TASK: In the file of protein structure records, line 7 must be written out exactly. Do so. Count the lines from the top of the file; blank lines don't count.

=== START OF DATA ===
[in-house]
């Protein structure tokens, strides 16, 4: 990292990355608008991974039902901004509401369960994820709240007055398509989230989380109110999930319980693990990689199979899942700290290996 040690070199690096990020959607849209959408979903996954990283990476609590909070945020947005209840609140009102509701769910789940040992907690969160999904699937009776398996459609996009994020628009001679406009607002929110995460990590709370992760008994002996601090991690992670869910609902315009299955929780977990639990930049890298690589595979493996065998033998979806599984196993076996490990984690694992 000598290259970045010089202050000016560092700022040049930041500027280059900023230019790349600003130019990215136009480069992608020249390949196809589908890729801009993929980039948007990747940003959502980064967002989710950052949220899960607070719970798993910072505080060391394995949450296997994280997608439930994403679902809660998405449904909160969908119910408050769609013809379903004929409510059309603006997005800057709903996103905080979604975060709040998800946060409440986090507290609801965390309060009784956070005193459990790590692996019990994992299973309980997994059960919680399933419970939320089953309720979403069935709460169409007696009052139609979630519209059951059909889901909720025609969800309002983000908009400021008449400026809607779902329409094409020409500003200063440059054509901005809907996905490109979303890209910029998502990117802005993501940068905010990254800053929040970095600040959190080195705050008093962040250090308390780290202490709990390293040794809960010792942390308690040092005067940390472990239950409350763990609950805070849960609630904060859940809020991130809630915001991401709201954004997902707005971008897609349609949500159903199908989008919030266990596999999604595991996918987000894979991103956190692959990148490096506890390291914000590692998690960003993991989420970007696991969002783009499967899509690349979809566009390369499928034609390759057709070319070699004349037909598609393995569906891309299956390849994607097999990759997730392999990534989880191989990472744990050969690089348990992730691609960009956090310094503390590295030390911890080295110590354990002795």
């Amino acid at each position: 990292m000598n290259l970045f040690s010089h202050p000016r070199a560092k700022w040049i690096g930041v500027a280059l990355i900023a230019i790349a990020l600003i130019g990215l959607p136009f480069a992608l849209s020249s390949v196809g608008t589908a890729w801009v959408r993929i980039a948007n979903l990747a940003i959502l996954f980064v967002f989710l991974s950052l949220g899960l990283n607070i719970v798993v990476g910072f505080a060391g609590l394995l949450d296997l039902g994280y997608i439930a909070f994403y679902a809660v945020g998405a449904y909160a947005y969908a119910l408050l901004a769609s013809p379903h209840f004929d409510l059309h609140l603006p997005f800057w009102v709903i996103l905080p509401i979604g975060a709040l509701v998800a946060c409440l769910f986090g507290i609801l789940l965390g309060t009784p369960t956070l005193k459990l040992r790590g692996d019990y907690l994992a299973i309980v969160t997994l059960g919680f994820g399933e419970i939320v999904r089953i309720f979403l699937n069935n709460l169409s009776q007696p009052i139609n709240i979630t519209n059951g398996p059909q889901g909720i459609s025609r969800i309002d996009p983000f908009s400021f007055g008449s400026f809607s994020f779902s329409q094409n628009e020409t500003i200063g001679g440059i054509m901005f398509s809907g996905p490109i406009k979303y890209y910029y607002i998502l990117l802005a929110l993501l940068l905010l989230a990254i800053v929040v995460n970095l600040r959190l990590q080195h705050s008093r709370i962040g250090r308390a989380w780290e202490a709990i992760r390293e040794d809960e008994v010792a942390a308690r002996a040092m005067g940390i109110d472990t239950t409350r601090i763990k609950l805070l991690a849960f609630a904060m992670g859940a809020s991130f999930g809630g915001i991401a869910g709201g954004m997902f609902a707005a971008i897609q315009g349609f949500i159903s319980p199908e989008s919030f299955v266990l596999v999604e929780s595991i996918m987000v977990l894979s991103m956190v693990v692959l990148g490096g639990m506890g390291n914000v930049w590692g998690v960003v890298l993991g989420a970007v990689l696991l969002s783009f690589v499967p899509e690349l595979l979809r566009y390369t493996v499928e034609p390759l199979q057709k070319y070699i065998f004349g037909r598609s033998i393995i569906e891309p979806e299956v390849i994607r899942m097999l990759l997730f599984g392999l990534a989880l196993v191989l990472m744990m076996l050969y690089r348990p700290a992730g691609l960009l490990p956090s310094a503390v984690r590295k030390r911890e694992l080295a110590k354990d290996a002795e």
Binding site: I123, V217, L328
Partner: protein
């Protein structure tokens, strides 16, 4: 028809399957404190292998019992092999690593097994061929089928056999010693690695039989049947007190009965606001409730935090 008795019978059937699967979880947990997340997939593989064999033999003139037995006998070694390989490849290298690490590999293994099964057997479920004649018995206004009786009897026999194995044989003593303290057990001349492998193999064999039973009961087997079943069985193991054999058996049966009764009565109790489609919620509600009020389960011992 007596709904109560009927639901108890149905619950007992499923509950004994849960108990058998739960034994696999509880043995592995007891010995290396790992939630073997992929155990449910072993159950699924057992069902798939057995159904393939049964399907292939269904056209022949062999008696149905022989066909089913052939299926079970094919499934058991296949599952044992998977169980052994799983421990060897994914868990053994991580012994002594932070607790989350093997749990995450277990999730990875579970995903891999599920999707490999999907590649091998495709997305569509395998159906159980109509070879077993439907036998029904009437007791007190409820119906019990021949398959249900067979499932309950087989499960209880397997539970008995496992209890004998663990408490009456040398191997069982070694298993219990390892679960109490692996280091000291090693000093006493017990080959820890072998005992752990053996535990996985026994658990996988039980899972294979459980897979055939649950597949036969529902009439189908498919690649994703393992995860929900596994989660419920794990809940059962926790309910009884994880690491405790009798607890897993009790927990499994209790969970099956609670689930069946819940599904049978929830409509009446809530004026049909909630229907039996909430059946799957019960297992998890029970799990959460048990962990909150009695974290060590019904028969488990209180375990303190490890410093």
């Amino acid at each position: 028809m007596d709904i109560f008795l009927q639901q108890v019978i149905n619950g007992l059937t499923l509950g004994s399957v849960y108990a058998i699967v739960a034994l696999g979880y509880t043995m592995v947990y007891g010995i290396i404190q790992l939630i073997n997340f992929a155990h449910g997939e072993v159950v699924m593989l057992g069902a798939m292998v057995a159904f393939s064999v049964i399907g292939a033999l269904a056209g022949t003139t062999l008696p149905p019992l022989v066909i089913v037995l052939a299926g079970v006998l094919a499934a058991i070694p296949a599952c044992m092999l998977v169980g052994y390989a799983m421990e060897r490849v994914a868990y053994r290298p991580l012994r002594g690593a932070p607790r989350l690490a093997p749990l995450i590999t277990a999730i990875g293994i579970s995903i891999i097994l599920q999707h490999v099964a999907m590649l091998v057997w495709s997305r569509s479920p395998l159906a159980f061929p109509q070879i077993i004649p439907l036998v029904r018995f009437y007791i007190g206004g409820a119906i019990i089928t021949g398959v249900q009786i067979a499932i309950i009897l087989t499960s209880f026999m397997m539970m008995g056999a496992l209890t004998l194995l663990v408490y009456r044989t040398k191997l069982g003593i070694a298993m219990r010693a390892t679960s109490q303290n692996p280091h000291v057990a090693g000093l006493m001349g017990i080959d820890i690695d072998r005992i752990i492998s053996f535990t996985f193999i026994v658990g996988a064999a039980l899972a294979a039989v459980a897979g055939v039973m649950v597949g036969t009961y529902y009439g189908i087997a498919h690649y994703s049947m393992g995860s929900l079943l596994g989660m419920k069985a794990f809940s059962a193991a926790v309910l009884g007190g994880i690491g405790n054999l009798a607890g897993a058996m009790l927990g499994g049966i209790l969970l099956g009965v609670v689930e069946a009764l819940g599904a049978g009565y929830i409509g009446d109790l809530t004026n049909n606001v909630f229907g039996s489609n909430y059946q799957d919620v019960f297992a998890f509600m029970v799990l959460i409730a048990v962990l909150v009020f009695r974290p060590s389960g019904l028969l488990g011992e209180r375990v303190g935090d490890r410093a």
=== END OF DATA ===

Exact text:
């Amino acid at each position: 028809m007596d709904i109560f008795l009927q639901q108890v019978i149905n619950g007992l059937t499923l509950g004994s399957v849960y108990a058998i699967v739960a034994l696999g979880y509880t043995m592995v947990y007891g010995i290396i404190q790992l939630i073997n997340f992929a155990h449910g997939e072993v159950v699924m593989l057992g069902a798939m292998v057995a159904f393939s064999v049964i399907g292939a033999l269904a056209g022949t003139t062999l008696p149905p019992l022989v066909i089913v037995l052939a299926g079970v006998l094919a499934a058991i070694p296949a599952c044992m092999l998977v169980g052994y390989a799983m421990e060897r490849v994914a868990y053994r290298p991580l012994r002594g690593a932070p607790r989350l690490a093997p749990l995450i590999t277990a999730i990875g293994i579970s995903i891999i097994l599920q999707h490999v099964a999907m590649l091998v057997w495709s997305r569509s479920p395998l159906a159980f061929p109509q070879i077993i004649p439907l036998v029904r018995f009437y007791i007190g206004g409820a119906i019990i089928t021949g398959v249900q009786i067979a499932i309950i009897l087989t499960s209880f026999m397997m539970m008995g056999a496992l209890t004998l194995l663990v408490y009456r044989t040398k191997l069982g003593i070694a298993m219990r010693a390892t679960s109490q303290n692996p280091h000291v057990a090693g000093l006493m001349g017990i080959d820890i690695d072998r005992i752990i492998s053996f535990t996985f193999i026994v658990g996988a064999a039980l899972a294979a039989v459980a897979g055939v039973m649950v597949g036969t009961y529902y009439g189908i087997a498919h690649y994703s049947m393992g995860s929900l079943l596994g989660m419920k069985a794990f809940s059962a193991a926790v309910l009884g007190g994880i690491g405790n054999l009798a607890g897993a058996m009790l927990g499994g049966i209790l969970l099956g009965v609670v689930e069946a009764l819940g599904a049978g009565y929830i409509g009446d109790l809530t004026n049909n606001v909630f229907g039996s489609n909430y059946q799957d919620v019960f297992a998890f509600m029970v799990l959460i409730a048990v962990l909150v009020f009695r974290p060590s389960g019904l028969l488990g011992e209180r375990v303190g935090d490890r410093a």